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Dunn, Kohl-Welles lead King County Council in recognition of National Recovery Month

Summary

King County Council Vice Chair Reagan Dunn and Councilmember Jeanne Kohl-Welles were joined by their fellow councilmembers Tuesday in recognizing September as Behavioral Health Recovery Month in King County.

Story

King County Council Vice Chair Reagan Dunn and Councilmember Jeanne Kohl-Welles were joined by their fellow councilmembers Tuesday in recognizing September as Behavioral Health Recovery Month in King County.

Now in its 32nd year, Recovery Month is a national observance held every September to promote and support new evidence-based behavioral health treatment and recovery practices, the emergence of a strong and proud recovery community, and the dedication of service providers and community members across the nation who make recovery in all its forms possible.

“A central message of Recovery Month is that substance use disorder and mental illness are complex diseases — not reflections of character flaws or weaknesses, but conditions that are medically treatable,” Dunn said. “It’s important that we as a community continue to work to de-stigmatize addiction and create pathways to recovery for those who seek it.”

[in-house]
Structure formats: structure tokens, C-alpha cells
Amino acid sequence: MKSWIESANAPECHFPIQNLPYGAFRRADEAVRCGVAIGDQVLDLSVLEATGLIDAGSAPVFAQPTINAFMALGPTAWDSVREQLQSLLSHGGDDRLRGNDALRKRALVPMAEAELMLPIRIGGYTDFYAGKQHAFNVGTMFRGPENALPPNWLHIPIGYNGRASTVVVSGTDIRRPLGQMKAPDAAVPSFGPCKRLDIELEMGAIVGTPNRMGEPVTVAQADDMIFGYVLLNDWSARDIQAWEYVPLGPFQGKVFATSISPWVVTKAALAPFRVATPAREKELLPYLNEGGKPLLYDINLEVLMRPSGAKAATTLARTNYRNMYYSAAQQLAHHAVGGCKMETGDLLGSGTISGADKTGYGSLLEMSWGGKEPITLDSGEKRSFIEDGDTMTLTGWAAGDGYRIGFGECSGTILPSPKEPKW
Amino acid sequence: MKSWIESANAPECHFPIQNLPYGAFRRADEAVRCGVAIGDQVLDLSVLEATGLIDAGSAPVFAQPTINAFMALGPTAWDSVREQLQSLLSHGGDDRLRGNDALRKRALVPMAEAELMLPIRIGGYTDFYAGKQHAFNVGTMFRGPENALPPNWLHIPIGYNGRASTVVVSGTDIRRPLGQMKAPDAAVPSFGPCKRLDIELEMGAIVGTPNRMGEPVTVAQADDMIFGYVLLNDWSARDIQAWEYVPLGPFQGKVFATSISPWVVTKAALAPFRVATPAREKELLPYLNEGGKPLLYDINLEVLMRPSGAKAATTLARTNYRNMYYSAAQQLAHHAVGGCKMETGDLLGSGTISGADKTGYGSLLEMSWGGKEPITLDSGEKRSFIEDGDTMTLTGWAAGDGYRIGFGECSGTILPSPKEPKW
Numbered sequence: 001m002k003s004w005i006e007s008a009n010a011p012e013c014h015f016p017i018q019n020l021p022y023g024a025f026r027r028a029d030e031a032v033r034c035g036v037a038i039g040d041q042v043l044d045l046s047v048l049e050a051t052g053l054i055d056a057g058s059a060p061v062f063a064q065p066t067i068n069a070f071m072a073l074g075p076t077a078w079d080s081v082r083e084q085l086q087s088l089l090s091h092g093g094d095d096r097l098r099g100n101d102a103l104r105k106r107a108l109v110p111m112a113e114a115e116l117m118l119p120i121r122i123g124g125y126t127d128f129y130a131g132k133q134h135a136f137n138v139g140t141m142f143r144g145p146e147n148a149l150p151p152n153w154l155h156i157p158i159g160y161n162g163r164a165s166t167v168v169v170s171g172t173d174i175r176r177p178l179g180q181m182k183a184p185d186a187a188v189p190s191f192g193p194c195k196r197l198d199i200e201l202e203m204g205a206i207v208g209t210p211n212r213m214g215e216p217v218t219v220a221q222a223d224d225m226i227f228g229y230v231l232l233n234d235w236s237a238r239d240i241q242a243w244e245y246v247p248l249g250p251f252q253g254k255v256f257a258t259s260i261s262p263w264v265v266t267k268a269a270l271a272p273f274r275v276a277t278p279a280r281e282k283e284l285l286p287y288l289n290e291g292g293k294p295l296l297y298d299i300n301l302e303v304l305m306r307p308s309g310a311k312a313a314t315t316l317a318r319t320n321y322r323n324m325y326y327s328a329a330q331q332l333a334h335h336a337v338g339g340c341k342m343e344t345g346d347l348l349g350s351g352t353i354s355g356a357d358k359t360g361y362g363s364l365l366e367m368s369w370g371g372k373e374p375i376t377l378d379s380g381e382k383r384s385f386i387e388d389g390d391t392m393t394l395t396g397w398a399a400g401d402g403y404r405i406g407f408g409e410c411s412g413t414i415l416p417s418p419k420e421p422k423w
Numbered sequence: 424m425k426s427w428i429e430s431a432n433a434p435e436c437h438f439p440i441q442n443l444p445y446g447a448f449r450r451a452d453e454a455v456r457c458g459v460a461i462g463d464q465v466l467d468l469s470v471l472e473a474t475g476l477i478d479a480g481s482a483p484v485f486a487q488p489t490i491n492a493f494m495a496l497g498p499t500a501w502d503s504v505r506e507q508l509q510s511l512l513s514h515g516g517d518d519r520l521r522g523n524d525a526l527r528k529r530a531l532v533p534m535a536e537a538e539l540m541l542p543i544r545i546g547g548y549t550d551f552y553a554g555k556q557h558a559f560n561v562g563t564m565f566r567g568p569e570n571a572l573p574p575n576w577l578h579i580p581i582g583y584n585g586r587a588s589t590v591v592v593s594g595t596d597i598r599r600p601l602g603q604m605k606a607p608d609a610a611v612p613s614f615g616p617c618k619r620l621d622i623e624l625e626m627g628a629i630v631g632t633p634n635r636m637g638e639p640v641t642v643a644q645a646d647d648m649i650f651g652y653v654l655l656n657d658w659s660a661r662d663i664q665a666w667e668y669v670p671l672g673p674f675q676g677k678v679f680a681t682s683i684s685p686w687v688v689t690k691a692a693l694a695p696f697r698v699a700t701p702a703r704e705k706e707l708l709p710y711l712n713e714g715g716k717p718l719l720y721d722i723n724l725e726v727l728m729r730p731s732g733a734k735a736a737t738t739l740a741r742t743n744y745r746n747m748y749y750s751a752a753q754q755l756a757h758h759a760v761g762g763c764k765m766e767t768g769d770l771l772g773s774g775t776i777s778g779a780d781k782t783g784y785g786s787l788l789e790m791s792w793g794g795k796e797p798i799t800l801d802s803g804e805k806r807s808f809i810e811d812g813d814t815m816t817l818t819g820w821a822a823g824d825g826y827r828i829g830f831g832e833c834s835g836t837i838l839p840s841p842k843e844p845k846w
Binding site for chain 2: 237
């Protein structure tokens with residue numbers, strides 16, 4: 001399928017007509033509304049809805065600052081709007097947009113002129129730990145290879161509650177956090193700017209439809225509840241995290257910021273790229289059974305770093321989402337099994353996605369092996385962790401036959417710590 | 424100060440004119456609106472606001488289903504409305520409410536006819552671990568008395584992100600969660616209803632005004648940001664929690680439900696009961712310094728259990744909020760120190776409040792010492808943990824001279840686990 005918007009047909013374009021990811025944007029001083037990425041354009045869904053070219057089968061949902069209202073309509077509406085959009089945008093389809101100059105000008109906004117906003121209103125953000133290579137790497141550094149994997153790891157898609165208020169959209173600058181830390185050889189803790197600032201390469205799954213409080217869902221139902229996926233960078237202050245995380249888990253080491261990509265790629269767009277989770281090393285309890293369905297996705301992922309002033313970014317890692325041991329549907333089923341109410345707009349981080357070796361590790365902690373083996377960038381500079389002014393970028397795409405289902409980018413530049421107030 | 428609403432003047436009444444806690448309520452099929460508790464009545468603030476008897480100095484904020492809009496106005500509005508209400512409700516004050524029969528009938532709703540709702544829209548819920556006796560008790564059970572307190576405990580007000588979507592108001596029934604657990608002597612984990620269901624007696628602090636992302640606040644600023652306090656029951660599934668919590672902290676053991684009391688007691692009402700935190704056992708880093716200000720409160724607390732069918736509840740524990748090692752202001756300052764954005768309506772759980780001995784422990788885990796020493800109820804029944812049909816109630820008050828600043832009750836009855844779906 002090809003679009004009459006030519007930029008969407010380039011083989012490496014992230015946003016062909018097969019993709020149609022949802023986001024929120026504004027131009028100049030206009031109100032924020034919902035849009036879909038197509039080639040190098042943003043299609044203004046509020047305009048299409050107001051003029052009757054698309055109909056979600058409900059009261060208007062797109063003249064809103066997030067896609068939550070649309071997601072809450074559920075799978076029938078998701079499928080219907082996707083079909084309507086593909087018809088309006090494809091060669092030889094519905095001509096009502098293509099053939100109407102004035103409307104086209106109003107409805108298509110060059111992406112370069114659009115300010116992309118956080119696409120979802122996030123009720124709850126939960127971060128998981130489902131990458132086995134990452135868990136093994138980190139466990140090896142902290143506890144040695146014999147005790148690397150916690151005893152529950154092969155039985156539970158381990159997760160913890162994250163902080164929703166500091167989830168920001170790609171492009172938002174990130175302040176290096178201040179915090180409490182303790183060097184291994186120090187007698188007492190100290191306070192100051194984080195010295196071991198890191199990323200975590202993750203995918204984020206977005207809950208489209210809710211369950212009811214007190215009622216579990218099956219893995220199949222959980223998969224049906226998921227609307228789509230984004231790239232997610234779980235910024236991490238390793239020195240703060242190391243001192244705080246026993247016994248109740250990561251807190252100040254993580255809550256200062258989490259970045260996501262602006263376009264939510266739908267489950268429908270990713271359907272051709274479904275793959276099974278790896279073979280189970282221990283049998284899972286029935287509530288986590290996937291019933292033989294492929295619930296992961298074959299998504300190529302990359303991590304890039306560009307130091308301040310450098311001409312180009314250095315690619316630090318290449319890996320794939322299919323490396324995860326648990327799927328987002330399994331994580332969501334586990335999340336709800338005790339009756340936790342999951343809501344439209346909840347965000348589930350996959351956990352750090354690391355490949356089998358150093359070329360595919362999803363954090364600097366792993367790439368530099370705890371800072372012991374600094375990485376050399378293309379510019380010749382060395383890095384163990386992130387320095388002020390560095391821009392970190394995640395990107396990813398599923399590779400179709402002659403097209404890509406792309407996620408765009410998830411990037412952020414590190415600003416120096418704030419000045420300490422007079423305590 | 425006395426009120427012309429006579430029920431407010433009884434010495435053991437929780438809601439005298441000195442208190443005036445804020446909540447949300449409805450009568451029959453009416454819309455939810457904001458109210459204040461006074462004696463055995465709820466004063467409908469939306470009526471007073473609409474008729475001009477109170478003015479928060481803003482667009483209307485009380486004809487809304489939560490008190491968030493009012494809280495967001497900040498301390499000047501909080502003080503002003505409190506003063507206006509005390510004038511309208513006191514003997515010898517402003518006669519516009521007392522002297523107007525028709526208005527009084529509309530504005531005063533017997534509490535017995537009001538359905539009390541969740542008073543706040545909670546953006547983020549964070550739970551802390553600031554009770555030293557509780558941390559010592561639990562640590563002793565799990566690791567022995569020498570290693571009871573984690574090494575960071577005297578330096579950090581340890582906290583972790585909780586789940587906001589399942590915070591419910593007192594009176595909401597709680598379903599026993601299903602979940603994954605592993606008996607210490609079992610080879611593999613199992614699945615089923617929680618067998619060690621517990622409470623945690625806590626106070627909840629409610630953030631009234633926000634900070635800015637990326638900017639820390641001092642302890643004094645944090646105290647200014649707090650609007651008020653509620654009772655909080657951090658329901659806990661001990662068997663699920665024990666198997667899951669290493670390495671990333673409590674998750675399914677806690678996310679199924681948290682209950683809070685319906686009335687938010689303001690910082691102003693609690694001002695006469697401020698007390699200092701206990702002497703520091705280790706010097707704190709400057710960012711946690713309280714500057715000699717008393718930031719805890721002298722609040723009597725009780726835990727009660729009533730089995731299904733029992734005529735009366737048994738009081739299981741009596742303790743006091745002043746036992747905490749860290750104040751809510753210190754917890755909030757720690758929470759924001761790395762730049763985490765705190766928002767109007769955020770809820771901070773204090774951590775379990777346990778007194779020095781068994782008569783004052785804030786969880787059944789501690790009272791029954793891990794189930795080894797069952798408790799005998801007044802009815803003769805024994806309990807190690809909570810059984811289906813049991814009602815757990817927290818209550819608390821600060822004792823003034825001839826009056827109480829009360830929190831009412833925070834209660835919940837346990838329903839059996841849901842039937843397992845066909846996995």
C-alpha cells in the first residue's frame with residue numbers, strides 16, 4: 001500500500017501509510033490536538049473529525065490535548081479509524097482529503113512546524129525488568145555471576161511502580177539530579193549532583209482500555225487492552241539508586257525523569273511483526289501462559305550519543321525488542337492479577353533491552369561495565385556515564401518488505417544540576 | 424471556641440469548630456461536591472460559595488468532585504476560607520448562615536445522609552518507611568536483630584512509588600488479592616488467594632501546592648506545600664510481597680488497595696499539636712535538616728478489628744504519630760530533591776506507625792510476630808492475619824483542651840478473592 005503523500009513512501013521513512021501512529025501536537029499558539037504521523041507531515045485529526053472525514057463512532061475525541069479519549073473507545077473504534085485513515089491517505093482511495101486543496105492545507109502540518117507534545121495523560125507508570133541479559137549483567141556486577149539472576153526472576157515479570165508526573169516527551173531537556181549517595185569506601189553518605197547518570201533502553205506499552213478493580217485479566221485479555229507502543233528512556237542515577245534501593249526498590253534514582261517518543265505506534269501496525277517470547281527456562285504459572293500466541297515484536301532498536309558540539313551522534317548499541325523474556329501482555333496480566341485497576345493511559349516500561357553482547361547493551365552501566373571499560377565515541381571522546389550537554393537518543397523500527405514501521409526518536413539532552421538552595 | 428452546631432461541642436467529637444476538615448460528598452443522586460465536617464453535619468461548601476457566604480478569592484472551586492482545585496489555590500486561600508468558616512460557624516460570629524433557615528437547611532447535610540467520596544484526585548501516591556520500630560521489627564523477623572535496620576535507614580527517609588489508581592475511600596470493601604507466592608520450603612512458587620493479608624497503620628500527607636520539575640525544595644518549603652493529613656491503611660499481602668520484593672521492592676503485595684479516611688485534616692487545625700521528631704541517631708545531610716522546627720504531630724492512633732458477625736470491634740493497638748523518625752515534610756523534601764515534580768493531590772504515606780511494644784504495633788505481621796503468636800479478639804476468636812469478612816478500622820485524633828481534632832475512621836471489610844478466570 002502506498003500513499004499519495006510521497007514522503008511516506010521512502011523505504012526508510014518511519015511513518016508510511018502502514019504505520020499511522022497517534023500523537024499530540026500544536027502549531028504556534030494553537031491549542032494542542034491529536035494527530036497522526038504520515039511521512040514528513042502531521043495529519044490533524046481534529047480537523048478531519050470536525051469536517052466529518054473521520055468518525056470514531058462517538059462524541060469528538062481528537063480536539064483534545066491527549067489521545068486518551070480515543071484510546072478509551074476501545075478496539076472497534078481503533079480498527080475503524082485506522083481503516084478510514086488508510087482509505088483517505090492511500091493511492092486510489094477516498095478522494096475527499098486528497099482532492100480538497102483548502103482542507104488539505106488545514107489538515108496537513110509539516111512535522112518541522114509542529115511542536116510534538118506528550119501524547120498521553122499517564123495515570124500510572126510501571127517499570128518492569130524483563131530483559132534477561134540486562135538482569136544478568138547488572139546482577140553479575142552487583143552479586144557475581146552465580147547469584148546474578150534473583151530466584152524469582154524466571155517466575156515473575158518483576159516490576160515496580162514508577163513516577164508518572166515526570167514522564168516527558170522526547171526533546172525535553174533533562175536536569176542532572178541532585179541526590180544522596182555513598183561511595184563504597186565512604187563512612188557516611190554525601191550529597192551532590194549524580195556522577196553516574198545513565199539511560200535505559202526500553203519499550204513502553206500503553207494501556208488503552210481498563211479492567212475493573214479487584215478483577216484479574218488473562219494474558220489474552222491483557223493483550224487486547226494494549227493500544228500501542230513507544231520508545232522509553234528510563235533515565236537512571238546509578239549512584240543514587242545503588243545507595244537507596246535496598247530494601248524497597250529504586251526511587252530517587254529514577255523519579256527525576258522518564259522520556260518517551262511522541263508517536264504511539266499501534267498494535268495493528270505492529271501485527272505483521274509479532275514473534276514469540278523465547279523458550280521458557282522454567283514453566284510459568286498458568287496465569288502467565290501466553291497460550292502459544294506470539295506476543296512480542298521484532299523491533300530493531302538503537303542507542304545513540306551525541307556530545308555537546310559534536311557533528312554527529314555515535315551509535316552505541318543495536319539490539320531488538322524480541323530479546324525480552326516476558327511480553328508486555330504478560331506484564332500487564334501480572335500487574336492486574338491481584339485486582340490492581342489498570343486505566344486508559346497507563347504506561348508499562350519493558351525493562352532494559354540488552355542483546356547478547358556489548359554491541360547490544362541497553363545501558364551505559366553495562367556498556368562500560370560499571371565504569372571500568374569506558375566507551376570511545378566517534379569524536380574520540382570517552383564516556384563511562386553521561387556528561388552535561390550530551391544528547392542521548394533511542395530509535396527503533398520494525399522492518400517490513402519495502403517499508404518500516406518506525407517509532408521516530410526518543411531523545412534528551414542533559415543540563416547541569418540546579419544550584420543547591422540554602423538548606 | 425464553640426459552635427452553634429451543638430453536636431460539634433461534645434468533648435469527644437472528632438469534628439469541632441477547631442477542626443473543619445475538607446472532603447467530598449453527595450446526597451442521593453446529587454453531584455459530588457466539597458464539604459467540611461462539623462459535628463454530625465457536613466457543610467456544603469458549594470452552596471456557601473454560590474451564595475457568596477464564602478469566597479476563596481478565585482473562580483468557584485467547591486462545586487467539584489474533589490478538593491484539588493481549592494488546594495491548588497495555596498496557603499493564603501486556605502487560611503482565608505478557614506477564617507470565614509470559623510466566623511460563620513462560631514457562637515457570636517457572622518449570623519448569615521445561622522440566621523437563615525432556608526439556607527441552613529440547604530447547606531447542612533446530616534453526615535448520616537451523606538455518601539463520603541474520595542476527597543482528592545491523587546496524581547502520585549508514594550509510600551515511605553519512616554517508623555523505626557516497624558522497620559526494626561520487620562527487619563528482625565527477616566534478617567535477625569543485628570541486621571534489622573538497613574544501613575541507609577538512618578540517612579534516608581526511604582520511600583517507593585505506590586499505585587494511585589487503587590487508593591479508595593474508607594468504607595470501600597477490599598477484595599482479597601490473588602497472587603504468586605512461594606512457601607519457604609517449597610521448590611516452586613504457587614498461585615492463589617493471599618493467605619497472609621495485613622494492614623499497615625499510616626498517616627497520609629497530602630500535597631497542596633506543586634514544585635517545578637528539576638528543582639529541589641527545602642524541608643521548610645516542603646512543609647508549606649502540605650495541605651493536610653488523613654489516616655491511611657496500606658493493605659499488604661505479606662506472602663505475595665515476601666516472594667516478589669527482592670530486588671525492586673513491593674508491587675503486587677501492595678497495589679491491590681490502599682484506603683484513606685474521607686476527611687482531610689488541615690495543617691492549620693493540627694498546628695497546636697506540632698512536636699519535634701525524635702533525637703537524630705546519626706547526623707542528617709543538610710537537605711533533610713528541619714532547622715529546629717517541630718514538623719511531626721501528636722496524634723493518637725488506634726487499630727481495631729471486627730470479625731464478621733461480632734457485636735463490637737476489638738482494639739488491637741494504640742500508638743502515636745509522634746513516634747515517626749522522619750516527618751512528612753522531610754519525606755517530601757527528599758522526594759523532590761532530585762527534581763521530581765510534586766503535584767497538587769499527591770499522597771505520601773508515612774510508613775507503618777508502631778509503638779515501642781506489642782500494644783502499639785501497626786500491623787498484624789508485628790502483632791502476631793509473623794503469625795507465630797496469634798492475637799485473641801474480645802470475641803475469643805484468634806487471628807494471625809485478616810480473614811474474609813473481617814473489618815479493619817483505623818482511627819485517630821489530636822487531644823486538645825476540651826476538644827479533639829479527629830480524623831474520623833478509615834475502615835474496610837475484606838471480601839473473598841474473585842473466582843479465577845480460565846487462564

This year’s Recovery Month theme is “Recovery is for everyone: every person, every family, every community,” a reminder that that no one is alone on their journey through recovery.

“Behavioral health challenges, and especially mental illness and substance use disorders, impact our lives daily in a myriad of ways. Everyone in need should have the opportunity to access services that support their overall health and well-being and provide them paths to recovery,” Kohl-Welles said. “Today’s proclamation re-affirms our collective commitment to supporting and de-stigmatizing the health and recovery of those in King County. “

Recovery Month began in 1989 as Treatment Works! Month, which honored the work of substance use treatment professionals in the field. It then expanded into National Alcohol and Drug Addiction Recovery Month in 1998, when it started celebrating the accomplishment of individuals in recovery. The observance evolved once again in 2011 to become National Recovery Month (Recovery Month) and include mental illness.

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